Taiwanese glove puppeteer’s fight to save dying art makes film star of Budaixi master
- Filmmaker spent 10 years with Chen Hsi-huang as he took craft to new generation
- The 87-year old inspired by pupils who think his art is ‘awesome’
Taiwanese glove puppeteer Chen Hsi-huang’s determination to revive the ailing traditional craft has made him the star of new film that took 10 years to make and turned the media spotlight on his late-life renaissance as a champion of the art form.
The film, titled Father, tells the story of how Chen, now 87, pursued the craft in the footsteps of his father – legendary puppeteer Li Tian-lu, who drew huge audiences to his shows in the 1950-1970s and appeared in several films.
Known as Budaixi, glove puppetry arrived in Taiwan in the 19th century from the southeastern mainland Chinese province of Fujian and was typically performed at religious and festive occasions, becoming a popular form of entertainment.
Puppeteers move small glove dolls on ornate wooden stages to tell historical and martial arts tales accompanied by live folk music.
Chen said he values traditional puppetry because it is characterised by subtle movements, with the puppeteer taking on all roles, from a young woman to an old man.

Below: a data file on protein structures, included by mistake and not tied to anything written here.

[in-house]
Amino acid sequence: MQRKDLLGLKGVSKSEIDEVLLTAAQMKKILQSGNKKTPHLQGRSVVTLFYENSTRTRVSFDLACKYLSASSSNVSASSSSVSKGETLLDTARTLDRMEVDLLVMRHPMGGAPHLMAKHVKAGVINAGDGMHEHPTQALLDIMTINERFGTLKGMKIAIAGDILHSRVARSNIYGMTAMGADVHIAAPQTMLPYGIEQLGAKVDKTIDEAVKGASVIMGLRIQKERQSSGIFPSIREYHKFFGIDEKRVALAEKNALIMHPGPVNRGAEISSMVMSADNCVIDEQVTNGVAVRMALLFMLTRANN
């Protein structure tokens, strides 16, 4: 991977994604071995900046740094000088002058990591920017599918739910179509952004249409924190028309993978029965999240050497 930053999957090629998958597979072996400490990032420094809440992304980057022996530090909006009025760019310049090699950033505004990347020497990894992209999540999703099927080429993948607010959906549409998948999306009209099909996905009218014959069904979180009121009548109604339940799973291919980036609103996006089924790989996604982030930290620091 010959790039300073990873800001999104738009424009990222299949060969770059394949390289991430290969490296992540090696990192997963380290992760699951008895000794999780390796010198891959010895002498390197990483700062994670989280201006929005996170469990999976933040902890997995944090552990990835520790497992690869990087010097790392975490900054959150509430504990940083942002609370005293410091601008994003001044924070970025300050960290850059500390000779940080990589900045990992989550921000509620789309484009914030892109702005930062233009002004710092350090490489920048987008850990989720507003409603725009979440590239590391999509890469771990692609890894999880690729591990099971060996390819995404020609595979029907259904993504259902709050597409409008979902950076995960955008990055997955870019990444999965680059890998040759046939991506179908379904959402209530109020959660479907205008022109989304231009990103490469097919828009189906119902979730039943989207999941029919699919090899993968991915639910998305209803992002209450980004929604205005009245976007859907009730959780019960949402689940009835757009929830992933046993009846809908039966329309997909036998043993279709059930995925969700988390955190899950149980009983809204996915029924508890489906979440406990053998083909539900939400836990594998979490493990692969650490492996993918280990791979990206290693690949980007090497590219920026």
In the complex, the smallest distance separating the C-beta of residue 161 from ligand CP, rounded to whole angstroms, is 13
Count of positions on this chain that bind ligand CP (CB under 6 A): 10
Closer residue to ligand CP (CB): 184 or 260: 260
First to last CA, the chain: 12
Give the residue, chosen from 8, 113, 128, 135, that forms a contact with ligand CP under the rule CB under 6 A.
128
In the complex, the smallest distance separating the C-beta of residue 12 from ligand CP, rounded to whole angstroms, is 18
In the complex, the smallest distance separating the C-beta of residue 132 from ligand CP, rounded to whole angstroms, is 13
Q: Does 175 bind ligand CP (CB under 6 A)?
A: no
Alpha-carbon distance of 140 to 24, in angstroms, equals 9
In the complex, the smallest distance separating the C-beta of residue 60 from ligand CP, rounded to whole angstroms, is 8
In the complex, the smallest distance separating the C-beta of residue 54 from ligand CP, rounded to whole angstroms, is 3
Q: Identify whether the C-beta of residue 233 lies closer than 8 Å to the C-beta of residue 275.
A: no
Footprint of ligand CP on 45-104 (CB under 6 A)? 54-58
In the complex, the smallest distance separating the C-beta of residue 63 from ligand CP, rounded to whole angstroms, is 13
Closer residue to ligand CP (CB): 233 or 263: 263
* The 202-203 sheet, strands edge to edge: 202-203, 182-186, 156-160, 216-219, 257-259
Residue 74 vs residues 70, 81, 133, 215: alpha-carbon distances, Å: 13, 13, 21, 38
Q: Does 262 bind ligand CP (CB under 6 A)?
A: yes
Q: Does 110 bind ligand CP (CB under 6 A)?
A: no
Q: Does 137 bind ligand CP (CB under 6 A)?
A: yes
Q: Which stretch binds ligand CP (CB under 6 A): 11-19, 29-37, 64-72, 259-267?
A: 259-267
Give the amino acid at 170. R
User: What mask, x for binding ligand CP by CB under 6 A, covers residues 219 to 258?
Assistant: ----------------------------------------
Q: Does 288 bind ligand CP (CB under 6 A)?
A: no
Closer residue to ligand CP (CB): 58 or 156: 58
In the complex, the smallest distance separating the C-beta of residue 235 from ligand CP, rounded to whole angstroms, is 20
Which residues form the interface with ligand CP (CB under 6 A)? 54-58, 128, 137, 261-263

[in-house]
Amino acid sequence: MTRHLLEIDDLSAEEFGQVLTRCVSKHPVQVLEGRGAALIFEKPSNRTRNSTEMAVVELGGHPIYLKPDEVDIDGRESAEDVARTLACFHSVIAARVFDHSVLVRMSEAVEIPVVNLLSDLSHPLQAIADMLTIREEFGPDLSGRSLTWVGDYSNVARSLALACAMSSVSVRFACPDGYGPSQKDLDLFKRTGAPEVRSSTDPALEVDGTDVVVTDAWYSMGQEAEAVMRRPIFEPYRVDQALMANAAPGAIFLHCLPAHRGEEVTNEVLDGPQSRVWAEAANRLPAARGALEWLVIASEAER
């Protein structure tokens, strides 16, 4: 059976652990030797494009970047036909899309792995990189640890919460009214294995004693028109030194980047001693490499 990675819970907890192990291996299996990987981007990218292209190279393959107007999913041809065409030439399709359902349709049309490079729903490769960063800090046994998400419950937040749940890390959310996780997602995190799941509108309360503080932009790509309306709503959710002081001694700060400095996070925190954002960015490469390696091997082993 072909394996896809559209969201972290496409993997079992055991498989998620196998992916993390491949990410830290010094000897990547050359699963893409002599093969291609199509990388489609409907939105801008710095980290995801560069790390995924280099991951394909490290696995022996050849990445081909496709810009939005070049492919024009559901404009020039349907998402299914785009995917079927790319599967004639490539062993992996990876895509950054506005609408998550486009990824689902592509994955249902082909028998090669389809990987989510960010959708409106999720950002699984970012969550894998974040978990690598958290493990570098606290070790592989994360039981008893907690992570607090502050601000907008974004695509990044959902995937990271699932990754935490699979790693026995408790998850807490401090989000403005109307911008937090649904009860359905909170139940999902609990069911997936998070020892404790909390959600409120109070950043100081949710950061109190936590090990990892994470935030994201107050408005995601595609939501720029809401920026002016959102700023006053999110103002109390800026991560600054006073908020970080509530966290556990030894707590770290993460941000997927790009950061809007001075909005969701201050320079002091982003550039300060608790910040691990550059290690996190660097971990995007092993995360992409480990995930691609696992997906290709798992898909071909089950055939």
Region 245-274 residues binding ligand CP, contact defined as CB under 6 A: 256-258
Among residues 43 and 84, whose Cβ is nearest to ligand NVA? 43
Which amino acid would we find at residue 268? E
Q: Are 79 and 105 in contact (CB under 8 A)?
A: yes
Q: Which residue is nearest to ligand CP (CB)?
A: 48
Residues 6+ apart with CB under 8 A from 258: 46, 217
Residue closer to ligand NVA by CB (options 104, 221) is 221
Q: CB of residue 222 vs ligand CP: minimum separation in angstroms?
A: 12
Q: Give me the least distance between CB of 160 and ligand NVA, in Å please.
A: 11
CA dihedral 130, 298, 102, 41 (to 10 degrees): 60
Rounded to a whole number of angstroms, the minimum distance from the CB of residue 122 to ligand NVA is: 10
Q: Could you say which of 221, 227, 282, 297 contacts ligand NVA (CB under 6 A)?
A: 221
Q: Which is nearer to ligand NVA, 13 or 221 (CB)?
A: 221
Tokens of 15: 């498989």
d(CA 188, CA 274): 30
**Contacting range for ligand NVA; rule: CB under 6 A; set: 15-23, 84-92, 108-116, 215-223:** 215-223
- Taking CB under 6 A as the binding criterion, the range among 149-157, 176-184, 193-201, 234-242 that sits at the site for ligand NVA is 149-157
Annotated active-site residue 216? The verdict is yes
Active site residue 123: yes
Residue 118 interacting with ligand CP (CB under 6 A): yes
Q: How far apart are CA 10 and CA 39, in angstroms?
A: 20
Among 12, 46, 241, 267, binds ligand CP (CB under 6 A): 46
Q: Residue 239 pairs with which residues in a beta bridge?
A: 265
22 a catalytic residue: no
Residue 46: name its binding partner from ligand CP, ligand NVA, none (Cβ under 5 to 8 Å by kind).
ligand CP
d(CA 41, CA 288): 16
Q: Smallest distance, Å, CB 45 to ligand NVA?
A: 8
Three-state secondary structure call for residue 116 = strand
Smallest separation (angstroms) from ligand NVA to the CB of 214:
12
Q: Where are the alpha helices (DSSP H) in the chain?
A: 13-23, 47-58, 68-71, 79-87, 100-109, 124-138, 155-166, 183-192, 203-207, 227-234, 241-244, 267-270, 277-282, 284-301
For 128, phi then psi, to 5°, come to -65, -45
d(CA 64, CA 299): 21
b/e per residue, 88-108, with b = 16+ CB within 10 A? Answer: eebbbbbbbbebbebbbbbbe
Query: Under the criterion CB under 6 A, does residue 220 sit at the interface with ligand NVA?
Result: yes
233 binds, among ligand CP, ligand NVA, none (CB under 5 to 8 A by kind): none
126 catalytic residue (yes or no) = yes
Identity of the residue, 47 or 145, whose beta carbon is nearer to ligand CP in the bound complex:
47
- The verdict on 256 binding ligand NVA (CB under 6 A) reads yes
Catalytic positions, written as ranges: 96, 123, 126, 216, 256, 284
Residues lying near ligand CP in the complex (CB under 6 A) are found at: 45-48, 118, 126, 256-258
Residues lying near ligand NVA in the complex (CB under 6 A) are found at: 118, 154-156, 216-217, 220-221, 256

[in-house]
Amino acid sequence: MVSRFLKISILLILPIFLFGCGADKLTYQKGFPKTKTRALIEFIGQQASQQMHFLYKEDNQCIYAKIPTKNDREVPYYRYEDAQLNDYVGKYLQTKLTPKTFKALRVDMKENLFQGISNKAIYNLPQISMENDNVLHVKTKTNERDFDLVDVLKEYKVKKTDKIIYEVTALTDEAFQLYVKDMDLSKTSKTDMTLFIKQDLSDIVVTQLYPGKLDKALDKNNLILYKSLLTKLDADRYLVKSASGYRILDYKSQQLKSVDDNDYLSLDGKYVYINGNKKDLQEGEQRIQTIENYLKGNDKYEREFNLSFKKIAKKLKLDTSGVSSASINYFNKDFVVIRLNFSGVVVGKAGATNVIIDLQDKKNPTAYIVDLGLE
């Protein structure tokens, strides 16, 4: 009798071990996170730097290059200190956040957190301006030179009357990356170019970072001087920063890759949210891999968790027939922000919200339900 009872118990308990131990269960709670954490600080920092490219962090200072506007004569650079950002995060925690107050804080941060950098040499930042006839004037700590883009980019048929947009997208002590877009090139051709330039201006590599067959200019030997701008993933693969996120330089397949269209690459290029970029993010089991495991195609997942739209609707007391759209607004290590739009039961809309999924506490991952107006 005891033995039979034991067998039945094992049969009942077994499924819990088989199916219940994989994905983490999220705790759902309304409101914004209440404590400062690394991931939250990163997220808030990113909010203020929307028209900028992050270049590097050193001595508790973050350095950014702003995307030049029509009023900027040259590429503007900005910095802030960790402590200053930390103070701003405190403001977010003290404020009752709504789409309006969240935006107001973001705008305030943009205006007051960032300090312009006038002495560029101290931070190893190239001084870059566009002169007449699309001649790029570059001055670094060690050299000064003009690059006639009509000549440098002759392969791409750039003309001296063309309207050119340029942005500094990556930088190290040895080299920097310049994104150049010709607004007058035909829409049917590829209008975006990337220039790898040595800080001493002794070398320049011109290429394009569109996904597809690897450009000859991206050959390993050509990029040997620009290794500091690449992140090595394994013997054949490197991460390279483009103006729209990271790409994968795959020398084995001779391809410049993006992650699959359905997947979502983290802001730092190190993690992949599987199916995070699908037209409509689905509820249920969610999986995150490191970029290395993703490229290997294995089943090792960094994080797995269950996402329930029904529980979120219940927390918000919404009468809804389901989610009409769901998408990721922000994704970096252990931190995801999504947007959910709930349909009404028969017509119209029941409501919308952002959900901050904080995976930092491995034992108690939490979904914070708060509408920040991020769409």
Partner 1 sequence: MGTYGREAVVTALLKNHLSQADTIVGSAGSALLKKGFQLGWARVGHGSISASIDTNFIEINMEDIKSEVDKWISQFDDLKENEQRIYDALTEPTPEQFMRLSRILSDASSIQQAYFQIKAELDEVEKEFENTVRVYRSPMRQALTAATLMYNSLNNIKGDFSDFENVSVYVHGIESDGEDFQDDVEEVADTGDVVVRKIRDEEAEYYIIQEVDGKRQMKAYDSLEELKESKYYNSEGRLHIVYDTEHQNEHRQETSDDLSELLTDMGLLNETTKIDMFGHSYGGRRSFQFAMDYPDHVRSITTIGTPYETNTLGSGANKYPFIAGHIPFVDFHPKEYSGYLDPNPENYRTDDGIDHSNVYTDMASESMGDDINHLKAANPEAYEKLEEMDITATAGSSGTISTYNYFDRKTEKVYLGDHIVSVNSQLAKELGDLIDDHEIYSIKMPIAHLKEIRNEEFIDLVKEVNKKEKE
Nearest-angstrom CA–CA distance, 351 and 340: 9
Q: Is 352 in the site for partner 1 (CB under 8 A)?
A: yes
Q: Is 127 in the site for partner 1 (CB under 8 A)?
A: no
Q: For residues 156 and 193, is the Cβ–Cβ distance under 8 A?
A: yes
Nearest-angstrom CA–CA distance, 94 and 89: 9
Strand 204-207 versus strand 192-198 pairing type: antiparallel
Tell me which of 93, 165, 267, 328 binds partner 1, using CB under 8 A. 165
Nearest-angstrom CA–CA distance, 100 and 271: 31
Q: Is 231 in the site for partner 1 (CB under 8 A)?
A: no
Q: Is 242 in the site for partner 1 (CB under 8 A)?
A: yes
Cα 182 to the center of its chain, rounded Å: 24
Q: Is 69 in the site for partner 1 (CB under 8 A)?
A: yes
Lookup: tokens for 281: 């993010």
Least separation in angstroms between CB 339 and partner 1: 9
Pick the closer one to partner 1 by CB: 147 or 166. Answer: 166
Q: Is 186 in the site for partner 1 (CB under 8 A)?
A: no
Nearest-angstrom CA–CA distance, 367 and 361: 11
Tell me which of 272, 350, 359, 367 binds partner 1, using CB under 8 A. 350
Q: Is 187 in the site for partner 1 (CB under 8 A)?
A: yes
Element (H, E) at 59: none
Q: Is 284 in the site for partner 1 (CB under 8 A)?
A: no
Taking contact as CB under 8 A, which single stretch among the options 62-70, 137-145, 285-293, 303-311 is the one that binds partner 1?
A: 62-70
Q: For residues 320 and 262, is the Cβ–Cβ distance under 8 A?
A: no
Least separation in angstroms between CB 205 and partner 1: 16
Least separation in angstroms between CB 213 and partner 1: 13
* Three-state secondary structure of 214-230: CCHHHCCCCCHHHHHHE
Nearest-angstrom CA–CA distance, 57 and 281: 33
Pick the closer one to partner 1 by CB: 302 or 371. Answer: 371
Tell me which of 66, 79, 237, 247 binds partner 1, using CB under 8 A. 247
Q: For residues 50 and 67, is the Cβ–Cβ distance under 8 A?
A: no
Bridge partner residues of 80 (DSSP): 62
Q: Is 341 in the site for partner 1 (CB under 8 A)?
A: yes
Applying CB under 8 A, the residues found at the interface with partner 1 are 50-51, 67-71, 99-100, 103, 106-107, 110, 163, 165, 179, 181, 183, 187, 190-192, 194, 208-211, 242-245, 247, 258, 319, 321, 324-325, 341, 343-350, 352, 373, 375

He first set up a troupe when he was 23, but business declined and he shut up shop 17 years later. He decided to teach the craft and continued to perform with other groups in Taiwan and overseas.
At the age of 79, motivated by his desire to preserve Budaixi, he set up a new troupe and teaches puppetry at weekend classes and trains apprentices.
“There were only two or three traditional troupes left,” he said. “I used my name to open a new troupe because I did not want the traditional craft to disappear.”
Chen acknowledged the challenges facing the craft and its practitioners and said people had less time to spare to watch the shows.
But he has taken heart from the positive response to the documentary which made its premiere in Taiwan last month, directed by local filmmaker Yang Li-chou over a period of 10 years.
“I was worried that people might not understand the film, but young people did, even if they hadn’t watched Budaixi before. They told me they liked it and that puppetry is awesome,” Chen said.
Chen Wei-you, Chen’s current apprentice, is part of a family troupe that runs about 150 puppet shows a year.
“My grandfather actually told me to find a better job but I chose this career because I am interested,” the 32-year-old said.
“Like the master, I don’t want the traditional puppetry to disappear.”
Dozens of students of all ages attend Chen’s classes at the government-funded Puppetry Art Centre in Taipei each Saturday.
Student Hung Wei-heng, 10, said he was interested in learning puppetry because it was “very cool”.
“I want to learn how to operate the puppets and to make the movements,” he said.
Taiwanese authorities are trying to promote the traditional craft, organising an annual puppet festival in western Yunlin county.
Puppet fan Chiang Chi-feng, 41, attended the festival last month with a sense of nostalgia.
“Now that I have kids of my own, I bring them to temple fairs and watch outdoor puppet shows. They are experiencing what I experienced in my childhood,” he said.
Puppet master Chen is determined to perform and teach as long as he has strength.
“I haven’t completed passing on the art so I cannot retire,” he said.